Now I am not saying that the border guards greet me with sunshine and butterflies. They are serious because, as others have said, they have a serious job to do.

  22. W Newth

    October 15, 2009 at 10:23 am

    To whom it may concern,
    I find it rather amusing that we trash our Boarder guards so badly when they deal with many different people on a daily basis. Not all the people are easy to deal with, nor are they forth coming. It is so easy to look at all there negatives side instead of the positive they do for our country. Now I know some of them can be rude and difficult but you try dealing with rude people everyday and see how low your tolerance becomes for everyone. Give them a break and take it easy on them. They are doing there job to serve and protect the well being of our great country.
    In saying that maybe instead of shopping across the line and supporting the American economy try shopping locally and helping out the small businesses in Osoyoos and Oliver. Maybe then you will stop your moaning and complaining. Oh yah you shop there because it is cheaper. So what your saying is you want your cake and to be able to eat it as well. STOP YOUR COMPLAINING
    I want to thank all of our dedicated Border Guards for doing a wonderful and difficult job.

  23. had enough

    October 21, 2009 at 4:04 pm

    and W Newth, did you know that border guards have every right to just leave their posts and not defend our borders if there’s a dangerous criminal haeding the border…they call the rcmp when there are armed dangerous people about to cross the border

  24. had enough

    October 23, 2009 at 10:59 pm

    it’s so easy to say that the border guards are there to catch criminals and that we shouldn’t complain if we pass through the borders and we feel like we have been treated with such indignity and disrespect. i bet 100% of the people who have posted their comments on this website trying to defend border guards have never been harassed in the border or by chance your comments are because you work there! my husband is an american and owns a business in seattle, i go to seattle almost every weekend. i have been crossing the border almost every weekend for two years now.and i can see a big difference at how the US guards treat crossers and how our side treat people. The Canadian border guards, the younger ones, are most of the time mean, disrespectful especially to people who don’t speak good english, and just over the top aggressive for no reason at all. the US guards are very respectful but thorough, they look intimidating but they always treat you with dignity and respect. our borders are the window to what Canada is like, border guards give visitors the first impression of what Canadian society will be since they are the first ones that people meet when entering our country. what an awful first impression they give most of the time. most of my experiences have been traumatic and i know i deserved more respect.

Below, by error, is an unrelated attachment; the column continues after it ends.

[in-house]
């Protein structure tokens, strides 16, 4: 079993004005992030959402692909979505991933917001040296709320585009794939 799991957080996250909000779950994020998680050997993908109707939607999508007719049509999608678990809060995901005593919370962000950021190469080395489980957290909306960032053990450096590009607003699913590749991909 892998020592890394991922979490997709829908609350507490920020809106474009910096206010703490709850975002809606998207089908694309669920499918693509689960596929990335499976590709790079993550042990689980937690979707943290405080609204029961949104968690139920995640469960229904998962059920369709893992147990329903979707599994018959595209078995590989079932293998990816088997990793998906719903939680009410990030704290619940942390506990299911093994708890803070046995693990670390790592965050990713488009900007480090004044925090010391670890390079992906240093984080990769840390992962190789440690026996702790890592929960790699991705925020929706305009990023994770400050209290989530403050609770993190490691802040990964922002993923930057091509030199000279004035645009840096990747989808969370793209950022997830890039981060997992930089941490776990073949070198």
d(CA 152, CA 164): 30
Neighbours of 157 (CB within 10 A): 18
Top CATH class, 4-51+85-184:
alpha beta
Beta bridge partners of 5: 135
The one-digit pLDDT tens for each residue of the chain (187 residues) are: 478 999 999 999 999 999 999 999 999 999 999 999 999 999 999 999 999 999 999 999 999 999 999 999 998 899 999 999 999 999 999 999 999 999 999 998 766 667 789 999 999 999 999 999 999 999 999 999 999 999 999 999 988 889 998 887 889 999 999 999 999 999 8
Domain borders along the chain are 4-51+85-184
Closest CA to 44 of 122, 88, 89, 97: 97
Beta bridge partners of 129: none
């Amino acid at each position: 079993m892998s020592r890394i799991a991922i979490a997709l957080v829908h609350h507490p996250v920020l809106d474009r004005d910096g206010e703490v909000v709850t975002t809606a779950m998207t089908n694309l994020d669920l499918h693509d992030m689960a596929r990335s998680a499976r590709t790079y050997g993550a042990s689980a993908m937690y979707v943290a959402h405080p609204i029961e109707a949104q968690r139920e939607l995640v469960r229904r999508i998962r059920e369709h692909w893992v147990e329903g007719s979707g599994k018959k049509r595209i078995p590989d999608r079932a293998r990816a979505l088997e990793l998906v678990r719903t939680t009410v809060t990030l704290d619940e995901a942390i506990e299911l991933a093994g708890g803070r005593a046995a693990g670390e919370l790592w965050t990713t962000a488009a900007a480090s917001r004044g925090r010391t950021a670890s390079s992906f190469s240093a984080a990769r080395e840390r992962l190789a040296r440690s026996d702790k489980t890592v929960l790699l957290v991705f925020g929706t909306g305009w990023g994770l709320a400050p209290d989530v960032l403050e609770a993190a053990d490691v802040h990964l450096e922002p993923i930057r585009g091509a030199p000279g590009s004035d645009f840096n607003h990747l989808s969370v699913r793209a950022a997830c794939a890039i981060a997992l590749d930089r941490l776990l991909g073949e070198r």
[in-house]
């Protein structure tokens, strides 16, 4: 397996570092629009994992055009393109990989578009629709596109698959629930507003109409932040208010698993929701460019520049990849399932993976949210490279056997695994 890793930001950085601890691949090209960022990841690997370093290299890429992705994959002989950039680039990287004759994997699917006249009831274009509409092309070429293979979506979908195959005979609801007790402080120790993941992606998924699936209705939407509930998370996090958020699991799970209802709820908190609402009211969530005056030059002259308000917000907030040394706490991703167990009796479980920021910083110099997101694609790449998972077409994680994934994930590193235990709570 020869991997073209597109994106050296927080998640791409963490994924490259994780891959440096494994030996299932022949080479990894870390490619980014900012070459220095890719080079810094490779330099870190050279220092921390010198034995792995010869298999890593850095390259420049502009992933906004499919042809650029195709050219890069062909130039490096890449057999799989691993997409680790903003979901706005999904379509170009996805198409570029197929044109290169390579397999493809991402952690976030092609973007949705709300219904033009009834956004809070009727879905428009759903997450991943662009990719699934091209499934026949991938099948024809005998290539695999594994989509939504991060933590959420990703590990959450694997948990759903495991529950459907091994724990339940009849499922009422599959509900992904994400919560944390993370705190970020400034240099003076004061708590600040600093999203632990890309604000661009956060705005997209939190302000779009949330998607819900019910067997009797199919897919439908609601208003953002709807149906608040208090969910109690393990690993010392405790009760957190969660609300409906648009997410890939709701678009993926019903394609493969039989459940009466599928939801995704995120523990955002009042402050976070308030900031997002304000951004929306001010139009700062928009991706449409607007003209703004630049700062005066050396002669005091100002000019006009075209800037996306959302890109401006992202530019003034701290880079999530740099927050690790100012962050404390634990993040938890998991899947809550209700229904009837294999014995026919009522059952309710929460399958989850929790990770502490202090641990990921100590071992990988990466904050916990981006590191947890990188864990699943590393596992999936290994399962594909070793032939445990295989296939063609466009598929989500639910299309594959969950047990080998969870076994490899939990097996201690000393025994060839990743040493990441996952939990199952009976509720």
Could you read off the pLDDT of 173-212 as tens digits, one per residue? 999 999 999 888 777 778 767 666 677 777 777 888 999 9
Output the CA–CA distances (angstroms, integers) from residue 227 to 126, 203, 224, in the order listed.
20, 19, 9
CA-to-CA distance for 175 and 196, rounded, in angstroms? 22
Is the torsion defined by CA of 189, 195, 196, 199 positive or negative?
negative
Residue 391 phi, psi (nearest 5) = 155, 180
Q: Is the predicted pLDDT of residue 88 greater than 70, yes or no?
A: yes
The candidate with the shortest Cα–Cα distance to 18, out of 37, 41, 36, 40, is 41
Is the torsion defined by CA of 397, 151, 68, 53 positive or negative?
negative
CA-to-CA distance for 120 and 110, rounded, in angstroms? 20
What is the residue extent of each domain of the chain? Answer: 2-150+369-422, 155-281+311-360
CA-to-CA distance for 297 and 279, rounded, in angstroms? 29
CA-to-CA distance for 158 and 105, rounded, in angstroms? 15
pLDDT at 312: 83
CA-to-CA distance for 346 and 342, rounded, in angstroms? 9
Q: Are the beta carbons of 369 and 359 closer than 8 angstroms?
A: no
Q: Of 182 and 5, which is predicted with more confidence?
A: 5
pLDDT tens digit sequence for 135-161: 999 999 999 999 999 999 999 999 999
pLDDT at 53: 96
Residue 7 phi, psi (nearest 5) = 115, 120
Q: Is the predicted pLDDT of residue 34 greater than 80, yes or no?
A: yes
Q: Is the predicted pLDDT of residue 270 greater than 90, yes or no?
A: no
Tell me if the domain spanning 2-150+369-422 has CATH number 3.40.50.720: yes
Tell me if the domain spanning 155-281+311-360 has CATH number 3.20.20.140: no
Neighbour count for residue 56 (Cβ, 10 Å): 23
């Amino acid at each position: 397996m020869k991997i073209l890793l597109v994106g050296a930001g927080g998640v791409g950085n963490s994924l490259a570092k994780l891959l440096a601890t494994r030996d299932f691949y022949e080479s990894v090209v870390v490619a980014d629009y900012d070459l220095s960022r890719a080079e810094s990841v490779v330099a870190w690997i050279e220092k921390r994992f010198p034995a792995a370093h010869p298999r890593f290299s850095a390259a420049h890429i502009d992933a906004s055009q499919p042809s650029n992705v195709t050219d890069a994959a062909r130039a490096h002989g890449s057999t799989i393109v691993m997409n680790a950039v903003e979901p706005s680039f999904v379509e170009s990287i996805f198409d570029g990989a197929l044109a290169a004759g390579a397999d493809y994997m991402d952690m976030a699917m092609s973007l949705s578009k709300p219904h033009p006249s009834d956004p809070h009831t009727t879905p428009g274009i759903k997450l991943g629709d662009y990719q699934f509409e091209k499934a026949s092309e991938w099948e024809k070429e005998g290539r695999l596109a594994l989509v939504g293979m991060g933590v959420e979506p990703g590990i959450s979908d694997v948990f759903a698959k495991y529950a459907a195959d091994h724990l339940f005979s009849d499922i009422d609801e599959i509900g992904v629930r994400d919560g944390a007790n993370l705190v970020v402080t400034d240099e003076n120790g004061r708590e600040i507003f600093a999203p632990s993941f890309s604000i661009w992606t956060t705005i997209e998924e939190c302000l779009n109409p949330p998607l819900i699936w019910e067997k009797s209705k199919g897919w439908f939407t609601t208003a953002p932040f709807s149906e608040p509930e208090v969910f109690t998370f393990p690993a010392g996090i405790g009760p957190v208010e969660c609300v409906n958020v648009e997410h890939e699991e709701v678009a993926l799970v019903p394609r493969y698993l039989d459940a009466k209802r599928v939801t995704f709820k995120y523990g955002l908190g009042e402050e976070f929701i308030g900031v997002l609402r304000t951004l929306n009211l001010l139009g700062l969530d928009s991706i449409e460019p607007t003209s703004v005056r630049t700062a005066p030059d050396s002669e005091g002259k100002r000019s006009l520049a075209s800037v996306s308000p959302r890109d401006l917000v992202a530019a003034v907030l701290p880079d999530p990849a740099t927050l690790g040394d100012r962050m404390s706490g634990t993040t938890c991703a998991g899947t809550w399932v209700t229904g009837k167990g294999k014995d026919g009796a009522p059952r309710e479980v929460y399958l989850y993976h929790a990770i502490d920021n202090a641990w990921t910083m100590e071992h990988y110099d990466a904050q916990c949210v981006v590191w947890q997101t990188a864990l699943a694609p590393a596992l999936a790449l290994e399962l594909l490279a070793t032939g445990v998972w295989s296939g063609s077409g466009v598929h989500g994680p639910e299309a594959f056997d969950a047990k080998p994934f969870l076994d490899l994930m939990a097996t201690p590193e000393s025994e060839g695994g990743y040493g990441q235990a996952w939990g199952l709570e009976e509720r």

25. E LEE

    October 26, 2009 at 9:23 am

    I was a bus driver at the Niagara Falls border and let me tell you that it’s the U.S.A. Border Guards that need the “Attitude Adjustment”.

  26. Lev

    October 29, 2009 at 7:30 am

    An advice for those crossing border either way.
    Answer the question and shut up.
    Don’t volunteer your opinions.
    Don’t be superior even if you think you are the gift to the world.
    The border officer has the right to slap your smartness, you will loose every time you try.
    Answer the questions and shut up.
    End of story.

    • jim

      January 5, 2014 at 8:54 am

      What Lev said, there is a method to there madness, just be polite, honest, answer their questions and if you have nothing to hide, you should be good to go.
      As stated before, all different walks of life have been found smuggling or some criminal activity here and there so they have to vigilant. If someone gets thru their checkstand it probably comes back on them.
      I was harrased this morning just for getting gas before work, I just answered honestly and politely, then went on my way

  27. Lev

    October 29, 2009 at 7:30 am

    Works every time.

  28. Never Again!

    November 1, 2009 at 1:31 am

    I’ve lived in Penticton for more than 60years. “Going across the line” was a regular occurrence as a child with my grandfather. Later I maintained the tradition with my own family, until we were subjected to an arrogant interrogation by an immature USA border guard. We were belittled, embarrassed and detained for an hour filling out forms and answering questions. That was more than 18 years ago and none of us have crossed the Osoyoos/US border since! That little border guard bugger left quite an aversion within all of us!! By the looks of this website, in the last 18 years the situation hasn’t improved at all.